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Congress’ Call for SEC to Shift Resources: Dangerous Gambit

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Several lifetimes ago, when I was an editor at Financial Planning magazine back in the ‘80s, we had a problem: advertising sales for the June issue had been falling year after year, to the point that it was hardly worth putting out a magazine.

So the publisher, Herky Harris, and the editor-in-chief, Jack Lange, got together and created an annual Broker-Dealer Survey, which would run every June. Ad sales in that issue increased dramatically—within three years, we sold more ads in June than any other issue, except the IAFP (now the FPA) annual convention issue in October.

After another couple of years, not long after I became editor-in-chief, the new publisher (who shall remain nameless) came to me, bemoaning the fact that ad sales for January were the weakest of any issues. His solution: that we move the BD Survey to that issue, to boost sales, as the ad sales in June were so robust. It was one of the few times in my life when I was literally speechless. 

I had a flashback to that meeting as I was recently reading Melanie Waddell’s December 18, 2014 story: “SEC Chief White Pushes Back on Advisor Audits.”

It seems that rather than increasing the SEC’s budget so that it can conduct more RIA exams each year, two leading Congressmen have suggested to Chairman Mary Jo White that the Commission simply reallocate its current resources to get the job done. Apparently, the implication is that the SEC has got all its other areas of responsibility so well under control—capital markets, insider trading, accounting fraud, program trading, monitoring FINRA, criminal prosecutions, corporate filings, complying with all its “new” Dodd-Frank directives, etc., etc.—that it ought to cut back in all these areas to keep a better eye on those rascally RIAs.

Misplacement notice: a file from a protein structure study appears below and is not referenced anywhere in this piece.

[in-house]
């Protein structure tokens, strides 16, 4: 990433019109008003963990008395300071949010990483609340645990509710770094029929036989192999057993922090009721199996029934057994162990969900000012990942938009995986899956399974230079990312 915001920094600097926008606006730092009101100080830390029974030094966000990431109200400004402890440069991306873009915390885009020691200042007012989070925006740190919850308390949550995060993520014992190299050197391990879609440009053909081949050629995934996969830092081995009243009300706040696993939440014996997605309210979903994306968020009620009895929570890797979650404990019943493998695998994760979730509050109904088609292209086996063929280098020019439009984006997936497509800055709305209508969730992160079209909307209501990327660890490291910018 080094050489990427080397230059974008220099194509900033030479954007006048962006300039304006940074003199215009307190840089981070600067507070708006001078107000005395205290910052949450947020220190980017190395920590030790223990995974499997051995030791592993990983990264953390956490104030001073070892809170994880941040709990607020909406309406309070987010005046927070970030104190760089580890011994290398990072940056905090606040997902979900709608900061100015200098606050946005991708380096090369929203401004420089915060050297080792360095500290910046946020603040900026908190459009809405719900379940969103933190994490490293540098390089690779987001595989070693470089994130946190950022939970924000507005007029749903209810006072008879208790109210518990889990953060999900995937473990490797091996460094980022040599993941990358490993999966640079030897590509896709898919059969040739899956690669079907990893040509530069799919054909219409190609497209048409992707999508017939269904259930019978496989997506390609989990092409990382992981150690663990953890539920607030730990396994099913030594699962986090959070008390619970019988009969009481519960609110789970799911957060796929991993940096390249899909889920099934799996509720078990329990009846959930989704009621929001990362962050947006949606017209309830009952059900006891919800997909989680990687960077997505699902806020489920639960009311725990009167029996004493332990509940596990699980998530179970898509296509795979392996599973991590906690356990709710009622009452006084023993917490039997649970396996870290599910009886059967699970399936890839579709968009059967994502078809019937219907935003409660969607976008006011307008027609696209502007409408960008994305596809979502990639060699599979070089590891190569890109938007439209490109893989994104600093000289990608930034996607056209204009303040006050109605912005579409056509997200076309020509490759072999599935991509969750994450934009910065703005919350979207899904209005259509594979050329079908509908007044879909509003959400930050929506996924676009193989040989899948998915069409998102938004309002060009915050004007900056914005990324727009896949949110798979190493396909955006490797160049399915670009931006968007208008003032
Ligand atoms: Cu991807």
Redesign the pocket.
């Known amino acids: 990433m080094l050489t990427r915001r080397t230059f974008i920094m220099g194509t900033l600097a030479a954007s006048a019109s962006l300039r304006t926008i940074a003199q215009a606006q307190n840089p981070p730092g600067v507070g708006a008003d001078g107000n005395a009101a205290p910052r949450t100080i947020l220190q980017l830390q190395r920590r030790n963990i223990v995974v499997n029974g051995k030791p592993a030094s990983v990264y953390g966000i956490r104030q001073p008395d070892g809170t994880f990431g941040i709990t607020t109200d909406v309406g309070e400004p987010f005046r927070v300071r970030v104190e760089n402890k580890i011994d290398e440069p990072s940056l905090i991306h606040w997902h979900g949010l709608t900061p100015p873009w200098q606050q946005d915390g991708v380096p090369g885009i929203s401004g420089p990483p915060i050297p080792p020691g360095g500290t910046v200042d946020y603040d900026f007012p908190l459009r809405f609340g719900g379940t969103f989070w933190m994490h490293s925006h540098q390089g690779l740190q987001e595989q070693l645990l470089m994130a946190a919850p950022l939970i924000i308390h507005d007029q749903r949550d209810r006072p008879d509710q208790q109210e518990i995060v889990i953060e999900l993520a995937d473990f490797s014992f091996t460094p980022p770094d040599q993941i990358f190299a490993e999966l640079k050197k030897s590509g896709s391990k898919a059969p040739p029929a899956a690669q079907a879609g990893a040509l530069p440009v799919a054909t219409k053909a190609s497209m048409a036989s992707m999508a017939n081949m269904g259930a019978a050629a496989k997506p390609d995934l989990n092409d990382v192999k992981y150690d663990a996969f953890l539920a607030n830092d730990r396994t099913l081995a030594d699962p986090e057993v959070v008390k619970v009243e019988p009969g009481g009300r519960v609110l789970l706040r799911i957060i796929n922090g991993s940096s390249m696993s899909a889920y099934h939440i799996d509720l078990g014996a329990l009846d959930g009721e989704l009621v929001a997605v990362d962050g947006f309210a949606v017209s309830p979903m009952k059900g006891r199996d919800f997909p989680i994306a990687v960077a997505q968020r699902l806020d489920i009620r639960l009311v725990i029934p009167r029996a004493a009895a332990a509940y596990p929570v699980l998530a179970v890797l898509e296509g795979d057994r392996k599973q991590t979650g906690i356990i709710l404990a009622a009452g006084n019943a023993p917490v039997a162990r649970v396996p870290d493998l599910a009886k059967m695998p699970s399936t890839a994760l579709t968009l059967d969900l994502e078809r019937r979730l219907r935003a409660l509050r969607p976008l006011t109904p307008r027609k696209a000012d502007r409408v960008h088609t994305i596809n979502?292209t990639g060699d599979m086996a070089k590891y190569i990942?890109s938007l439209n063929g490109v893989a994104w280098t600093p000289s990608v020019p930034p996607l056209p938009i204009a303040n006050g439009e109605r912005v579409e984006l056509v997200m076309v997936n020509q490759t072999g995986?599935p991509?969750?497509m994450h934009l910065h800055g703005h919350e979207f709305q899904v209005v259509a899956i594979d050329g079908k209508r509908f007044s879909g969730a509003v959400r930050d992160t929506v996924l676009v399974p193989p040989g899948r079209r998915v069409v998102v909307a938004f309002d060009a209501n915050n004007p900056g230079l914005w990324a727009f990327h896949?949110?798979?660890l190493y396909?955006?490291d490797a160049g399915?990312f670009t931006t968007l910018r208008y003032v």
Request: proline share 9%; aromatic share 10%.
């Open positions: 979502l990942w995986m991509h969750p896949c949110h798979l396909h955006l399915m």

The luminaries in question are chairman of the House Financial Services Committee Jeb Hensarling (R-Texas), and chairman of that committees’ Capital Market’s subcommittee, Scott Garrett (R-New Jersey). Back in November, these two Congressmen told Chairman White “that user fees collected from advisors to fund their exams was too costly an option, and that the agency should ‘immediately’ reallocate resources and also consider third-party audits to increase the number of advisor exams.”

The logic here boggles the mind, and comes close to once again rendering me mute. But I’ll try to soldier on.

My first brain cramp comes from the fact that we’re even having this discussion. Yes, it’s true that many RIAs, particularly the smaller firms, don’t get audited very often. So what? And, yes, in rare instances, some RIAs do violate their clients’ trust for their own financial gain.

Yet the poster boy for RIA audit reform has been Bernie Maddoff, who did run an RIA firm—in addition to a massive brokerage clearing firm, and serving as an officer on various NASD/FINRA committees. He’s about as much like an independent RIA as Fidelity Investments, or BofA Merrill Lynch (yes, they both have RIA firms, too). More important, the SEC audited Bernie Maddoff’s firms some eight times in the years leading up his demise. What did those exams uncover? Zip, nada, zilch, bupkis. It wasn’t until his Ponzi scheme collapsed under its own weight that the SEC stepped in to “save investors.”

That’s the real lesson here. Every year, we hear about one or two “real” RIAs who have bilked their clients out of their money. Yet I don’t remember hearing that even one of those cases came to light during a regular SEC audit. Rather, the Commission steps in after investors/clients complain about losing money. To its credit, the SEC often does get some of that money back—but again, not due to a regular audit.

To her credit, as Melanie reported, Chairman White is largely resisting the Congressmen’s suggestions, pointing out that the SEC has already reallocated resources to increase RIA audits “about 20%,” but further stating that “a more significant reallocation of examination resources from coverage of broker-dealers to the investment advisor program would not be advisable given the demonstrated need to maintain existing coverage of broker-dealers.”

No kidding. With most brokerage firms owning an RIA these days, and FINRA’s enforcement actions against brokers historically way higher (on an actual and a percentage basis) than any actions against independent RIAs, reducing those resources would quite possibly lead to the next “crisis” in which Congress would be demanding the SEC to reallocate resources to solve the problem with out-of-control brokerage firms.